Tag Archives: customer

Keep Staff Connected to Enhance Customer Experience

Matt Rolfe in his November 27, 2014 blog “Five tips for effective employee engagement surveys” states some startling statistics… 60 – 100 percent of staffers leave voluntarily on an annual basis. That affects guest experience, social media ratings and profit.

In the hospitality and retail industries most of your staff work in some capacity directly with customers. One of the key members of your staff is your manager; through his/her leadership staff will gel into a cohesive team focused on providing great service or not. Your business success depends on good-to-great leadership otherwise a large percentage of your staff will leave. A business is a team effort so your supportive guidance along with your manager‘s is critical.

Rolfe further states that replacing a staff member costs a business one to three times the staff member’s annual salary.

Over the course of a year that could turn a lot of potential profits into ashes!

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Based on his own experiences, Rolfe has found staff quit most often because there is a problem with managers, not necessarily with the business. He recommends an employee engagement survey as a performance indicator. Visit www.restaurantcentral.ca/employeeengagementsurveys.aspx for his five tips for effective surveys.

All businesses are in the business of relationship building both with their customers and their staff. A survey is an excellent tool but if you can’t see yourself monitoring performance through a formal survey, perhaps these suggestions will be some help until you can put a survey in place.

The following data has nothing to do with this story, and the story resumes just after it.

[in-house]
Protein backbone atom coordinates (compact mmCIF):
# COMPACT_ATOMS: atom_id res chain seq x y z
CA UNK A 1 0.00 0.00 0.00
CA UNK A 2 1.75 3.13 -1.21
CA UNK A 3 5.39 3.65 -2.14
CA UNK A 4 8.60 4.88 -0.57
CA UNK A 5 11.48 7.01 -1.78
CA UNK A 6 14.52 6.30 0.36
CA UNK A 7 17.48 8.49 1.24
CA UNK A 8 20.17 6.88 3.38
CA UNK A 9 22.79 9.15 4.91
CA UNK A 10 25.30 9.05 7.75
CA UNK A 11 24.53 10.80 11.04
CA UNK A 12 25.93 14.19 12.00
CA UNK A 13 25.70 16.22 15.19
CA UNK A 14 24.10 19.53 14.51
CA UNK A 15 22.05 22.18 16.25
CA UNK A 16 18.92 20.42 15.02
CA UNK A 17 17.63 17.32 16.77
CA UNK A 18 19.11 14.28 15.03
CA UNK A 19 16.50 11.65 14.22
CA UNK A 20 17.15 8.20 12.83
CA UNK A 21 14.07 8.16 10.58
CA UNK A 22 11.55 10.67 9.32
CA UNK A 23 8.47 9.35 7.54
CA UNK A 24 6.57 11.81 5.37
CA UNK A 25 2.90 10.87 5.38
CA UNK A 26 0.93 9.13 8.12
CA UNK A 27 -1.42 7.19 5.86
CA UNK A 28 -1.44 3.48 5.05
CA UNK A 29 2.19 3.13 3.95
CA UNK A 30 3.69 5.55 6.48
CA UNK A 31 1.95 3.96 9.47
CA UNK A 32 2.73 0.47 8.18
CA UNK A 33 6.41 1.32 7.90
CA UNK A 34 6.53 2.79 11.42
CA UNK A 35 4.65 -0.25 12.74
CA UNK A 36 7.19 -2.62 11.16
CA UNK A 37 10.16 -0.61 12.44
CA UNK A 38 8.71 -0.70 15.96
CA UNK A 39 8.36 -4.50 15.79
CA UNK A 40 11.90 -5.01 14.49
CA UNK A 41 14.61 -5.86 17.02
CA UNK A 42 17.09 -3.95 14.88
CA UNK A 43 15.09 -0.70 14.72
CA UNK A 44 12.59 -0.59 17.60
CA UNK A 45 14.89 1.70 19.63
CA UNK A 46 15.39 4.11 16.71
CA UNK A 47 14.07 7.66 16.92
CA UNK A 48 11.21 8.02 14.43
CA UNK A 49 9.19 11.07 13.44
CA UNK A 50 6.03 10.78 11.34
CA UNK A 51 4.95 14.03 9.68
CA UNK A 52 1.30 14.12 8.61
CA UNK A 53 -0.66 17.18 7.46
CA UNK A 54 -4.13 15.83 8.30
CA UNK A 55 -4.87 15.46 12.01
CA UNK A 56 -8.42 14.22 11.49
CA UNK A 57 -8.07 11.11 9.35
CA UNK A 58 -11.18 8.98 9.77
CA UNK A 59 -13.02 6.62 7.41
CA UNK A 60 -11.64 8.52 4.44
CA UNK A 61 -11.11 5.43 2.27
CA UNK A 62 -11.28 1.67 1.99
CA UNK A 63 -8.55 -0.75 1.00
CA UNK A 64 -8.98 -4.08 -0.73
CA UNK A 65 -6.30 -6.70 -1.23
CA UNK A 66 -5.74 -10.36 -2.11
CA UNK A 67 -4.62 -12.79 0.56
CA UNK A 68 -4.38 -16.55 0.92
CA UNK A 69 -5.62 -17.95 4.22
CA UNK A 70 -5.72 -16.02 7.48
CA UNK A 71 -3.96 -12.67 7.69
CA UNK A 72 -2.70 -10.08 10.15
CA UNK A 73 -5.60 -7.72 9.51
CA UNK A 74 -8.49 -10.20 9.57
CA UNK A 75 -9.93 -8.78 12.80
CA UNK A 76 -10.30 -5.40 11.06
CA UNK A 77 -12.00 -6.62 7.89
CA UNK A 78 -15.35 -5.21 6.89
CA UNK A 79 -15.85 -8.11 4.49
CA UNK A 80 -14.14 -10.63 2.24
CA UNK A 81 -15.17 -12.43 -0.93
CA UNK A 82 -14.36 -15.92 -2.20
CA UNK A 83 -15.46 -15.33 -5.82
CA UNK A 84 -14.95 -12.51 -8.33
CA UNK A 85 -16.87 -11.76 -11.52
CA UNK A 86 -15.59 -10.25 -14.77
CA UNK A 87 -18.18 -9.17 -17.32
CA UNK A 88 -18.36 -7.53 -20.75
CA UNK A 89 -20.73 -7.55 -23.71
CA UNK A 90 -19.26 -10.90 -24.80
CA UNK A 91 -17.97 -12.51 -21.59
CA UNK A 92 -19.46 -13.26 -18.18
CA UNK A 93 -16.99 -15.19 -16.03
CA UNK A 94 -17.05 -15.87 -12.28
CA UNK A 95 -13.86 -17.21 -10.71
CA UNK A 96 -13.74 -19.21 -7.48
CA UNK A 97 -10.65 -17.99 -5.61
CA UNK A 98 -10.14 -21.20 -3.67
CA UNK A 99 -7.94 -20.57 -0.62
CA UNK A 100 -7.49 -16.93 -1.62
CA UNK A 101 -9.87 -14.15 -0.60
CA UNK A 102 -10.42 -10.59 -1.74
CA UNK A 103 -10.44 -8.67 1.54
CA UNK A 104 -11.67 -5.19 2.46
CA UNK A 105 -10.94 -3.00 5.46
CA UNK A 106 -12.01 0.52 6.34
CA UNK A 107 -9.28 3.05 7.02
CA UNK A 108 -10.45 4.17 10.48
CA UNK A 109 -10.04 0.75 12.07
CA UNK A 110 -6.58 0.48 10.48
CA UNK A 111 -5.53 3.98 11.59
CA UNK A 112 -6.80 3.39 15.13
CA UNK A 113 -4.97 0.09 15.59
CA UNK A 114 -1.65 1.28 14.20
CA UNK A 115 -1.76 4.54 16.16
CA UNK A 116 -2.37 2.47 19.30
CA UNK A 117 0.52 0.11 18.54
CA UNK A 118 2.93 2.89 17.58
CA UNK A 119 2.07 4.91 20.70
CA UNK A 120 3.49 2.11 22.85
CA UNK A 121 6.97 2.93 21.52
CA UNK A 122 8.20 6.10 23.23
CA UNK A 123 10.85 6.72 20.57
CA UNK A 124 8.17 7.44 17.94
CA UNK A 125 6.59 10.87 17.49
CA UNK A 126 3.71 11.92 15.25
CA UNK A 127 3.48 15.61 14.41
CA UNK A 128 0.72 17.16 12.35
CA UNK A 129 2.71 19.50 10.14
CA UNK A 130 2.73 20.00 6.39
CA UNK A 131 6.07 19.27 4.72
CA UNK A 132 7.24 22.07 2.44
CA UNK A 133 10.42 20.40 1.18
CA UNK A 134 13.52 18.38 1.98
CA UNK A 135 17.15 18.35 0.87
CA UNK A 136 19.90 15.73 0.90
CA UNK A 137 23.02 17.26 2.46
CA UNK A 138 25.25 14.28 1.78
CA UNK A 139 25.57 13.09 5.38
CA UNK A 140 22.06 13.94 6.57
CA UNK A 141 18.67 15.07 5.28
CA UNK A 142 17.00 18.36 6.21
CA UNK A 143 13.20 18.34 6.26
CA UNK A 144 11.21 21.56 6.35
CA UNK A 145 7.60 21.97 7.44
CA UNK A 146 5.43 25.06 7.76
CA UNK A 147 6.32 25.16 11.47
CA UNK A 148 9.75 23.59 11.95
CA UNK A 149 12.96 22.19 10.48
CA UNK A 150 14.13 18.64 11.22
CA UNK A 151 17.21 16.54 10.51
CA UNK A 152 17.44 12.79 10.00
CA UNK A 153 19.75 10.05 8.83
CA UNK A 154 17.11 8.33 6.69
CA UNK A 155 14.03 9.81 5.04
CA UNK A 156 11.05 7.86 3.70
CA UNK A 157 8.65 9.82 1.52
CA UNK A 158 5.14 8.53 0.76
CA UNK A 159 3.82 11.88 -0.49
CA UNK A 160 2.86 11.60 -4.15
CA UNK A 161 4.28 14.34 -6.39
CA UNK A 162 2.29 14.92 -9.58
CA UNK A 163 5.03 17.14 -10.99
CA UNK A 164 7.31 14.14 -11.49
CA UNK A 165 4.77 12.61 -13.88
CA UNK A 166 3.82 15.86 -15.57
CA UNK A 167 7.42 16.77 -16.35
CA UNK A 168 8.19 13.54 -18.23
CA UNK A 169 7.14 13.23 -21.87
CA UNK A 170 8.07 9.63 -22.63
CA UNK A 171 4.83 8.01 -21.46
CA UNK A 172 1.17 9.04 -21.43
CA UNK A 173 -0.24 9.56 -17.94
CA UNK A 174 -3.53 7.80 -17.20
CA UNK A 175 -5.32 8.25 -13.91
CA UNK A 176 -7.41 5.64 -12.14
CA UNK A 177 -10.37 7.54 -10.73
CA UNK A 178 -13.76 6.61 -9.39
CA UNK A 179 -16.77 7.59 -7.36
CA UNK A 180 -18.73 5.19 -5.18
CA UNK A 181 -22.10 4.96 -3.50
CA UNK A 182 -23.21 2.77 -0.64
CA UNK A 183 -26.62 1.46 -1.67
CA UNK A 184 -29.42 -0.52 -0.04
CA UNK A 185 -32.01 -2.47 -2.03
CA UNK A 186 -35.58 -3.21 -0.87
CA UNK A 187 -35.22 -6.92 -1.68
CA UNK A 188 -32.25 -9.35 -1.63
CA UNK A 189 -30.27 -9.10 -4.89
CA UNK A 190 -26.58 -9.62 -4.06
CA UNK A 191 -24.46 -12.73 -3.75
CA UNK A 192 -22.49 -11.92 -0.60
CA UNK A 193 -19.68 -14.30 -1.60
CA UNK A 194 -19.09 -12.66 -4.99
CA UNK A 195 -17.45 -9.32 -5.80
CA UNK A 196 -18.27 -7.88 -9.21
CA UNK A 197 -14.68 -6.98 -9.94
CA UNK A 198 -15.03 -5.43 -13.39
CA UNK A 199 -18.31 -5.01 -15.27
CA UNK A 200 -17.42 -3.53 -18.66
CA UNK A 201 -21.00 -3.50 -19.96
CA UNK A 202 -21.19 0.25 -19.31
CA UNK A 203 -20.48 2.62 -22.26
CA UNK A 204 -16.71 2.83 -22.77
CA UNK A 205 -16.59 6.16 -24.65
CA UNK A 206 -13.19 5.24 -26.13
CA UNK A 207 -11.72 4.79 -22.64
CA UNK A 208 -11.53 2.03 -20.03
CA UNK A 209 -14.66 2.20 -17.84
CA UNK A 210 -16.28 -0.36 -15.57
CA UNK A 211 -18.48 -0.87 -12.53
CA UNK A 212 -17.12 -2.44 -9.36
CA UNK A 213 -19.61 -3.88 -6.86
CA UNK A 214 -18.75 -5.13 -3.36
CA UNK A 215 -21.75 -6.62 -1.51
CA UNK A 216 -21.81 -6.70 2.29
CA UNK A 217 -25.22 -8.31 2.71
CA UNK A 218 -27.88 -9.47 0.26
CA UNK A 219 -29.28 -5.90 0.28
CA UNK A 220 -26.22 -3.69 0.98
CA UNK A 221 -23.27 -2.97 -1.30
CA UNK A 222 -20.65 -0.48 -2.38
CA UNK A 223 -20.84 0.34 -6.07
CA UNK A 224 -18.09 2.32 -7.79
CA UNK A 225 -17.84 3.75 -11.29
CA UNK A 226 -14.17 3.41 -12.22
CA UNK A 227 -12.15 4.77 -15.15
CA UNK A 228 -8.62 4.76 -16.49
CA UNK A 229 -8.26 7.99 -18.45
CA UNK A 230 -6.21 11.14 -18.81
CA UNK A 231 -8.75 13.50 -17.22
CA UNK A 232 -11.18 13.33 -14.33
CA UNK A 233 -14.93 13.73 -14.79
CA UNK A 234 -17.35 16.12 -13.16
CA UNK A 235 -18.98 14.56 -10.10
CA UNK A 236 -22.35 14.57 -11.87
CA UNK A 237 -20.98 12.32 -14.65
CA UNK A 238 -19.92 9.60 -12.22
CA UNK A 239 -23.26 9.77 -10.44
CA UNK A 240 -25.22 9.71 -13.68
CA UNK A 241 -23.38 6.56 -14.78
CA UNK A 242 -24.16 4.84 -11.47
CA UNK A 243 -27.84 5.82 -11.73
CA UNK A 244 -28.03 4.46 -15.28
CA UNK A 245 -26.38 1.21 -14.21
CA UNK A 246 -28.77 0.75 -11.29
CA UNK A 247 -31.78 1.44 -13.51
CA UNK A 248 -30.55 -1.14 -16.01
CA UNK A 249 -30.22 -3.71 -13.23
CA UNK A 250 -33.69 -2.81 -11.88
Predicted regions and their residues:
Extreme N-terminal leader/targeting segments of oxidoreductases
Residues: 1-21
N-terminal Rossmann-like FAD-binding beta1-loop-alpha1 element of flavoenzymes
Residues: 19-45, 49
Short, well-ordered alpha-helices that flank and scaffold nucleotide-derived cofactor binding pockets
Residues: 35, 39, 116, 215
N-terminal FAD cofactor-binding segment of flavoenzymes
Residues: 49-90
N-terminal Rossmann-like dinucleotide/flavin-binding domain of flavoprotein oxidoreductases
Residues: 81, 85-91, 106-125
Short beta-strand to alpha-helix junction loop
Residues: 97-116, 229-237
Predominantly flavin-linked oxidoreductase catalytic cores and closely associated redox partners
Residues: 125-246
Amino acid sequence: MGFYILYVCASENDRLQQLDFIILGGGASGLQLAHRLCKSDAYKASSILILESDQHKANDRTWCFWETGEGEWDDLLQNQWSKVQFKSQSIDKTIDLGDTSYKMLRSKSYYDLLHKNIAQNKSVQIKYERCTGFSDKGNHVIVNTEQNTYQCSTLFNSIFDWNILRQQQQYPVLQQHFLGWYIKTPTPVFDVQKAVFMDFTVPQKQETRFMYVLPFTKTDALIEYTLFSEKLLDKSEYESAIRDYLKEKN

To enhance customer experiences and reduce staff turnover, it is important to give public and peer recognition to your staff.

  • Saying a verbal thank-you after a notable effort means a lot to a staff member who wants to be part of your team.

  • Seeking staff input through staff meetings and putting some of their suggestions into action is another form of relationship building.

  • Being in integrity and building impartial leadership creates a safe environment for open communications.

  • Formal recognition milestones also play an uplifting role in staff engagement.

  • Making the team environment a lighthearted place to work improves performance.

  • Putting heart-felt, handwritten ‘Thank you Team’ notices on the bulletin board communicates appreciation.

  • Implementing friendly competition events with fun rewards within your business fosters team building as well as sponsoring teams for local community sports events.

  • Encouraging staff volunteer efforts for local community non-profit organizations is an avenue for compassion for others.

  • Set aside two 15 minute sessions each week, to confidentially talk face-to-face with two different staff members. Let all your staff know the purpose of the talks is to make their workplace a more satisfying and stimulating environment. Remember these confidential sessions are sacred! Honor your staff by making time for them. To focus the conversation, have a list of 2-3 discussion topics to start with.

  • When a staff member chooses to leaves, have a policy for an end-of-employment interview to thank them for being part of the team, find out what they liked best and least, suggestions for improvements and wishing the best for them in their new position. Make sure all employees know about this interview and what to expect when their employment is finished.

Creating an effective, open form of communication keeps your staff connected to enhance customer experiences. All businesses are in the business of relationship building.

How does PFS help with this process? In our surveys that get sent out one of the questions asked is about the person (employee) that served them. If you assign employee to have their own id in the program it tracks the customers they served. So even if the customer forgets the name of the server our program helps remember.